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Donald Trump’s bogus claim he won the popular vote can be traced back to an Alex Jones-backed theory

President-elect Donald Trump, clearly tormented over the fact that he won the presidency without receiving the most popular votes, has resorted to peddling conspiracy theories from the unproven conspiracy section of the internet.

This claim has been popularized by Alex Jones, a conspiracy theorist who believes in a “Jewish mafia” that wants to hurt Americans. Last week, he claimed through his site InfoWars on that “3 million votes in the U.S. presidential election were cast by illegal aliens, according to Greg Phillips of the VoteFraud.org organization. If true, this would mean that Donald Trump still won the contest despite widespread vote fraud and almost certainly won the popular vote.”

Despite the boldness of this claim, the only source provided by InfoWars was a pair of tweets by a man named Gregg Phillips.

There is no getting around one fact — unless Phillips provides any evidence backing up his tweets, they are categorically false, and the only responsible and accurate way to report them is as misinformation.

As PolitiFact explained on Nov. 18, Phillips not only isn’t affiliated with VoteFraud.org (as Jones claimed), but he has refused to provide any additional information that could verify or disprove his assertions. Phillips has even refused to say what his data says or where it has come from, only promising to release the information publicly once he has finished analyzing it. Until then, individuals like Trump and Jones who embrace his claims are doing so based solely on the man’s word.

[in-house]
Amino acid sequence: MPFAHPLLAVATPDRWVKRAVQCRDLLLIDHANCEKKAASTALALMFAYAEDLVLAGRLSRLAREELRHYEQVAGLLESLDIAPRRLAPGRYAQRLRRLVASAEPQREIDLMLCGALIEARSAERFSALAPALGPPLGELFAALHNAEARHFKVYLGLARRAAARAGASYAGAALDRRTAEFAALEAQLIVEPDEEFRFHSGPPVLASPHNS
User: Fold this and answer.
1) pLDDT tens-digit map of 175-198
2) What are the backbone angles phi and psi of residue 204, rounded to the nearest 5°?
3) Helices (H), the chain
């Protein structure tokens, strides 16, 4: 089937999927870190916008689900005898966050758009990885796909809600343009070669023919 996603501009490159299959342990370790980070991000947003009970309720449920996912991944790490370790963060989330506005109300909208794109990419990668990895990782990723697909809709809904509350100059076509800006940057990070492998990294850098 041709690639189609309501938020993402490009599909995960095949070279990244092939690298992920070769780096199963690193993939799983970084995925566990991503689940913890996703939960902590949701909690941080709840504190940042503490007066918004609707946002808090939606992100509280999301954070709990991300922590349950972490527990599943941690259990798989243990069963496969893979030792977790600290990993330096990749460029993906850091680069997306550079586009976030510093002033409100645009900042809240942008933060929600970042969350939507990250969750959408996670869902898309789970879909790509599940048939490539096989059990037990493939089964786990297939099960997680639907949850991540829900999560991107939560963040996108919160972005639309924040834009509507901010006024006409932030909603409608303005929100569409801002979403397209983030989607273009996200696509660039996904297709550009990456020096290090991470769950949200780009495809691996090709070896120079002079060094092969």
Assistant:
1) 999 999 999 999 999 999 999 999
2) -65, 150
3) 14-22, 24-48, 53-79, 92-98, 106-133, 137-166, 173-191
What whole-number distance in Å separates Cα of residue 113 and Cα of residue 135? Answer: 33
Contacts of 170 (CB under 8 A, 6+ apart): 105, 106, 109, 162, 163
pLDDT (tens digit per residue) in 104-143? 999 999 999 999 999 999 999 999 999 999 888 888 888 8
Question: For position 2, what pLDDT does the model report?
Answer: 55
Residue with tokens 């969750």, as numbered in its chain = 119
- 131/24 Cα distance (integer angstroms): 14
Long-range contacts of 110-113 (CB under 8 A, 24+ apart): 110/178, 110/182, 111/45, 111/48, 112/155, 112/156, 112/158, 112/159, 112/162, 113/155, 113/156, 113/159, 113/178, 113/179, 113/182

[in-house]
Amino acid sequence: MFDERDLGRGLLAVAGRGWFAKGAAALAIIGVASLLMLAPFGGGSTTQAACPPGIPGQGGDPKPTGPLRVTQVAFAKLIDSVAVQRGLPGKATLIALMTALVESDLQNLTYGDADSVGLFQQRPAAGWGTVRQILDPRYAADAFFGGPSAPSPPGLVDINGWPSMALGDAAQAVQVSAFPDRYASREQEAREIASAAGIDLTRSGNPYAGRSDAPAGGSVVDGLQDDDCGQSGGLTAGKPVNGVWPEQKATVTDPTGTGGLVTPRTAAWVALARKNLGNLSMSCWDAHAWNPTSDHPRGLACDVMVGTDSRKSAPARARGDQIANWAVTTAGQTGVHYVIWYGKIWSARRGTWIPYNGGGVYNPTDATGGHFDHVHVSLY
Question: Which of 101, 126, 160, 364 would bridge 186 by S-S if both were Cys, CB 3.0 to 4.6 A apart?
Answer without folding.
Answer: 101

PolitiFact also found that, based on his LinkedIn page, Phillips’ previous professional experience is in Republican Party politics in Alabama and Mississippi, as well as serving as managing director of a super PAC that pushed for Newt Gingrich’s 2012 presidential campaign.

Needless to say, PolitiFact has ranked the Trump/Jones argument as False. Other election law experts are joining in to do likewise.

“There’s no reason to believe this is true,” said Rick Hasen, a professor specializing in election law at the University of California, Irvine, in an interview with Politico on Sunday. “The level of fraud in US elections is quite low.”

Hasen also added, “The problem of non-citizen voting is quite small — like we’re talking claims in the dozens, we’re not talking voting in the millions, or the thousands, or even the hundreds.”

David Becker, executive director of the Center for Election Innovation & Research and a former senior trial attorney in the Voting Section of the Department of Justice’s Civil Rights Division, was particularly colorful in illustrating the absurdity of the Trump/Jones conspiracy theory.

“We know historically that this almost never happens,” Becker told Politico. “You’re more likely to get eaten by a shark that simultaneously gets hit by lightning than to find a non-citizen voting.”

Matthew Rozsa is a Ph.D. student in history at Lehigh University and a political columnist. His editorials have been published on Salon, The Good Men Project, Mic, MSNBC, and various college newspapers and blogs. For a full review of all his published work, visit matthewrozsa.com.

Matthew Rozsa.

Source: Salon: in-depth news, politics, business, technology & culture > Politics

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